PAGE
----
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Dilemma: Black Parents, Bibles, and Bedtime

Disclaimer: I am married to a husband who has been a part of this process from the beginning, but this post will very much be from my perspective as the primary owner of “the bedtime routine”.

I’m still a very new parent.

I’m still learning.

As the mother to a toddler, who is my first and likely only child, I will always be in this state of learning. As she ages and enters into new stages of life I’ll enter into new stages right along with her. We’ll both face new obstacles, new challenges, and we’ll both create new ways of overcoming these challenges.

I was excited about becoming a parent.

I read all the blogs, all the books (well likely not all the books, and not all the blogs either…I mean, let’s get real here), but I read some of the books and a great deal of the blogs. I joined the mom-groups, I attended the classes on how to nurse, and then I planned, and planned, and planned and planned.

One of the consistent themes in all of the blogs, the books, and the groups was - routine. Create a routine for your child. Establish a flow for their lives that they can rely on and expect…and…ensure that you have nailed the most important routine of all…bedtime.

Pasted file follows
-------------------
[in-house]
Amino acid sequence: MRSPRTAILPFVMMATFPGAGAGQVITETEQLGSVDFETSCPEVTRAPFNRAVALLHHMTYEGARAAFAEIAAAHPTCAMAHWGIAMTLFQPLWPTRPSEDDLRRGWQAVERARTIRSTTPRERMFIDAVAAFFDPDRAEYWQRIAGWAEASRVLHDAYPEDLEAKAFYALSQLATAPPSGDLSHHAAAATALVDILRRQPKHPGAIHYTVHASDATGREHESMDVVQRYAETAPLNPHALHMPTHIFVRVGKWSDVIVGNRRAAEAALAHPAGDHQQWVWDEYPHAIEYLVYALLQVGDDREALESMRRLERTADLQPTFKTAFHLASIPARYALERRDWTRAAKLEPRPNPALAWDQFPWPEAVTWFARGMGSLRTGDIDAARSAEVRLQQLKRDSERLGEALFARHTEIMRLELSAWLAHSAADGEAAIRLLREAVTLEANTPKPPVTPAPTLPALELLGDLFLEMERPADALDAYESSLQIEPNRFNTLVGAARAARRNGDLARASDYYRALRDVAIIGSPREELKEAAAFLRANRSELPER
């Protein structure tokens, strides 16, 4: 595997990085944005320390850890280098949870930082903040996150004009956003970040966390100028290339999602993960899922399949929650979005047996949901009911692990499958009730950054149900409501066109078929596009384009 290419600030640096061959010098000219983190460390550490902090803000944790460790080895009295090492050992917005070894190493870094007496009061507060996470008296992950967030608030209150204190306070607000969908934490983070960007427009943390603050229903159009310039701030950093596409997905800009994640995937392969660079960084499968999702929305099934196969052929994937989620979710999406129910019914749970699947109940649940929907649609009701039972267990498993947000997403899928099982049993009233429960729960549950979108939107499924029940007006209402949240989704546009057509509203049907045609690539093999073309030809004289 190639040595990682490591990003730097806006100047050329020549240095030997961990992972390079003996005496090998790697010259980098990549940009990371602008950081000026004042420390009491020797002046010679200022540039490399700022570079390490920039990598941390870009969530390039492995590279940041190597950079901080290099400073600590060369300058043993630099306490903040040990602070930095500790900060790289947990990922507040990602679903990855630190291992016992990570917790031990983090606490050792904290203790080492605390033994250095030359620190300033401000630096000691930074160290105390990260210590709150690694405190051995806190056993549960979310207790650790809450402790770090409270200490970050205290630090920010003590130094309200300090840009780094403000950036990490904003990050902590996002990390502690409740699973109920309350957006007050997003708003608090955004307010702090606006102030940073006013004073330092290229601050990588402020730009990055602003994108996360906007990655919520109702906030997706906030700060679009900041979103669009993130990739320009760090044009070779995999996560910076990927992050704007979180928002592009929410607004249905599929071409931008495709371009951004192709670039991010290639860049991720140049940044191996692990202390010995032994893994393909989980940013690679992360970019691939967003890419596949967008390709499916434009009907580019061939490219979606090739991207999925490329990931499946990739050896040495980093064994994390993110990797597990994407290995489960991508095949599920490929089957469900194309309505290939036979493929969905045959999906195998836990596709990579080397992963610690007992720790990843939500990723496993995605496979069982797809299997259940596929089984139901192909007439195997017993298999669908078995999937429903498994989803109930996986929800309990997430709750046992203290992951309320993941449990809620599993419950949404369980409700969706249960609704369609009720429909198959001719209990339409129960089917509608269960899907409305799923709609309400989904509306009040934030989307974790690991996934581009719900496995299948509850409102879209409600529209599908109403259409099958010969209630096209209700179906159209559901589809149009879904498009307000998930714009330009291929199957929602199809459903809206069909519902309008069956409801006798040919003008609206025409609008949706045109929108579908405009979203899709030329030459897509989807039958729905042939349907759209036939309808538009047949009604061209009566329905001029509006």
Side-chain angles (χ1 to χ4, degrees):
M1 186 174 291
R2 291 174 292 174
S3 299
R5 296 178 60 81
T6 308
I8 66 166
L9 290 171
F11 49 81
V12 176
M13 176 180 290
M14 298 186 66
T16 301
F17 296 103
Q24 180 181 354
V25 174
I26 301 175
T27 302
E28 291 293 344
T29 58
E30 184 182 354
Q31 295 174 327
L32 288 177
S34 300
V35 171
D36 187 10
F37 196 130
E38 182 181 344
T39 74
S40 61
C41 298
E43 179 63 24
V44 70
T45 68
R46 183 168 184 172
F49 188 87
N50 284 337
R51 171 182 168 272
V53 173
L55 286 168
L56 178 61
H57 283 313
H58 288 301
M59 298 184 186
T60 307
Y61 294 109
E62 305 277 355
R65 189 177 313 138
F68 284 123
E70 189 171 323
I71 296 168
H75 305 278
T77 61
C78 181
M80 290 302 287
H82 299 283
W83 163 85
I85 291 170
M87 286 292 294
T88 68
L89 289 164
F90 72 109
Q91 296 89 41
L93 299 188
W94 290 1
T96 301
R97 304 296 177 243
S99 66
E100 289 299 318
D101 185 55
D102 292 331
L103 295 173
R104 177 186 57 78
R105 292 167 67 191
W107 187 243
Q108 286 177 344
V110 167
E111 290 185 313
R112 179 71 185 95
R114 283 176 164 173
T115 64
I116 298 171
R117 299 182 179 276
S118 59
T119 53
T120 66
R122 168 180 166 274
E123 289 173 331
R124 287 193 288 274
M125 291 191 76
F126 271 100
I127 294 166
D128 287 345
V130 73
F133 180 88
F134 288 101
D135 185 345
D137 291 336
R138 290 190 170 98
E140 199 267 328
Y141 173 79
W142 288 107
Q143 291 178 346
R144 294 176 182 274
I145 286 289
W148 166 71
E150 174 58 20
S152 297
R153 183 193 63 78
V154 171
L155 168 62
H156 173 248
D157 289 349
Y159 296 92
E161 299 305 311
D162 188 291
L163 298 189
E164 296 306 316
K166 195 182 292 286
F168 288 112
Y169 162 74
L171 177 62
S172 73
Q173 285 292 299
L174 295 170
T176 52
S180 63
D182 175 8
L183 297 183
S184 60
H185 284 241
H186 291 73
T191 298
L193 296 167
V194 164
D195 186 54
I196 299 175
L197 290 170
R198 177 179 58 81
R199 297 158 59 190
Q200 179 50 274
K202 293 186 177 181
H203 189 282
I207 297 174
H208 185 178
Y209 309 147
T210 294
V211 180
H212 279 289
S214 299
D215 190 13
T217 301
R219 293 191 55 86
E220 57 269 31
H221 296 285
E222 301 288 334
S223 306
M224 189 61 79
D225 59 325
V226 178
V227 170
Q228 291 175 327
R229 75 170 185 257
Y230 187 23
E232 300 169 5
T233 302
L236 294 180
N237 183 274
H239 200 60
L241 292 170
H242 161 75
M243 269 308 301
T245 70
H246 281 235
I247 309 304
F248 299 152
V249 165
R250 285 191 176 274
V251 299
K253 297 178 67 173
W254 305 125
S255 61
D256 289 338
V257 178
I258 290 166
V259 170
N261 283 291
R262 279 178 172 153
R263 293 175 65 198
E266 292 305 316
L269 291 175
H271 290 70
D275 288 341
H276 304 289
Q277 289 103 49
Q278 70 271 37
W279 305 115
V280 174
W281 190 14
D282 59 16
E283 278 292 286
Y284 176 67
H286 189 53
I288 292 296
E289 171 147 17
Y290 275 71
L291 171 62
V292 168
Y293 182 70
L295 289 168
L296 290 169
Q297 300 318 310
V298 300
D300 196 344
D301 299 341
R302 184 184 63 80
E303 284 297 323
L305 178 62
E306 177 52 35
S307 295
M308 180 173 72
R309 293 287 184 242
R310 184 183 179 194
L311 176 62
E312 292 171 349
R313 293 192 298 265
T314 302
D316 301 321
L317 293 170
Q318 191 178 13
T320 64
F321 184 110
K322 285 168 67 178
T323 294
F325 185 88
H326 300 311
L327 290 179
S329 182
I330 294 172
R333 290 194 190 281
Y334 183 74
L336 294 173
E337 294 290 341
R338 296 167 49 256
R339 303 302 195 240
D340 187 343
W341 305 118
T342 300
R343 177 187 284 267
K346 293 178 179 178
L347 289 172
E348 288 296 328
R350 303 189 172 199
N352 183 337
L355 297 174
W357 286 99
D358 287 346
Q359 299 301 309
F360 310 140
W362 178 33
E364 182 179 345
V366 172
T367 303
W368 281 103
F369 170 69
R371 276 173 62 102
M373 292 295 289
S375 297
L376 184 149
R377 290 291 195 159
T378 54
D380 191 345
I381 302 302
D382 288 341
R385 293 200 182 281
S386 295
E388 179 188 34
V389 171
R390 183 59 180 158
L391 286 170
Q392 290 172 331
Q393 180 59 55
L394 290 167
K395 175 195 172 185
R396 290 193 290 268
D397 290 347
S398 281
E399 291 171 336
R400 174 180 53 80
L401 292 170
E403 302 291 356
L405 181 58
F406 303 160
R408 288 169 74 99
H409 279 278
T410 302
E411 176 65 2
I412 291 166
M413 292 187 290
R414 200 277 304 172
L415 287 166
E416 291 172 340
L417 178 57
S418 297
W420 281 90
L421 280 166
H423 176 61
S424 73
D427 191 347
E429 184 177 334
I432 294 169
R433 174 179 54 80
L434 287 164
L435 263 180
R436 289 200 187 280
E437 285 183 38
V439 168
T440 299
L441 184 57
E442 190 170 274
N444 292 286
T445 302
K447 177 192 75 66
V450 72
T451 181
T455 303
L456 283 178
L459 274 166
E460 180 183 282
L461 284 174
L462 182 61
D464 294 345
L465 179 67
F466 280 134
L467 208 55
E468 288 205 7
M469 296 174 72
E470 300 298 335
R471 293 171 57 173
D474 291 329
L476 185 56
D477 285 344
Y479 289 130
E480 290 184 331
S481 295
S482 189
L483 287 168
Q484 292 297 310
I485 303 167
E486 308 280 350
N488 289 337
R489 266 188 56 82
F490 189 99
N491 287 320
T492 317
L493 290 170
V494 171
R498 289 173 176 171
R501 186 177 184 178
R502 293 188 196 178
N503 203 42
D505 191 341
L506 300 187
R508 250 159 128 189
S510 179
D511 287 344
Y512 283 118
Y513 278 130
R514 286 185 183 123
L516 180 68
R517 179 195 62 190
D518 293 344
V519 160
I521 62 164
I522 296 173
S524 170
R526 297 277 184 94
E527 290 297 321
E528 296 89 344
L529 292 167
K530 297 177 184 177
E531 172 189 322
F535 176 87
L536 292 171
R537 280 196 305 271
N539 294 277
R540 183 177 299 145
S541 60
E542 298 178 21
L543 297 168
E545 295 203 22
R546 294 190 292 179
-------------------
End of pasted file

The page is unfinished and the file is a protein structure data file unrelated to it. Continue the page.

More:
Let’s talk about this bedtime routine.

Bedtime routine is not just about setting up and meeting the expectations of your child each evening - you know, carefully and craftily creating a flow that helps to naturally move them from excitement to rest, from day to night, from activity to peace - but it is also a way to move the parent to peace. Nailing the bedtime routine is an exercise in nailing the peace of the parent and potentially opening up an evening of uninterrupted stillness. Nailing the bedtime routine means putting the child down and they STAY down. It means getting out the last giggles, the last bit of energy, turning lights down low, and saying “I love you’s” and “goodnights” without having to revisit any of these until the sun comes up again in the morning.

Okay - pause - I know that infant life is nothing like this, and those early walking/talking days will require some repeated practice at leaving the room, but in general we all know the ultimate goal of an effective bedtime routine.

I remember reading that I should start early, start in infancy, keep it consistent, make small tweaks as necessary as the child gets older, but the bones stay the same. And quite honestly, very little has changed in the bedtime routine established with my daughter from newborn until now.

To put it in a nutshell, the big buckets of our bedtime routine are: Brush, Bath, Book, Bed.

Of course there are other nuances involved like creating a bedtime playlist of mellow and worshipful music. Once the routine starts the music starts and plays on repeat until we start the book. I do this to intentionally trip the psyche into associating those songs with rest and to start the process of calming down my child - three years later, we use the same playlist. I also installed a soft blue light in her bedroom, it’s dim but still bright enough for us to move around. I do this to start adjusting her eyes so once we leave the bright light of the bathroom the light only becomes more and more dim until it is completely dark. We start the sound machine, another way to associate sounds with rest. After the bath she is thoroughly moisturized from head to toe. I pull out a combination of creams and apply them in the same order all over her body, she is massaged in the process and moved into a disposition of calm.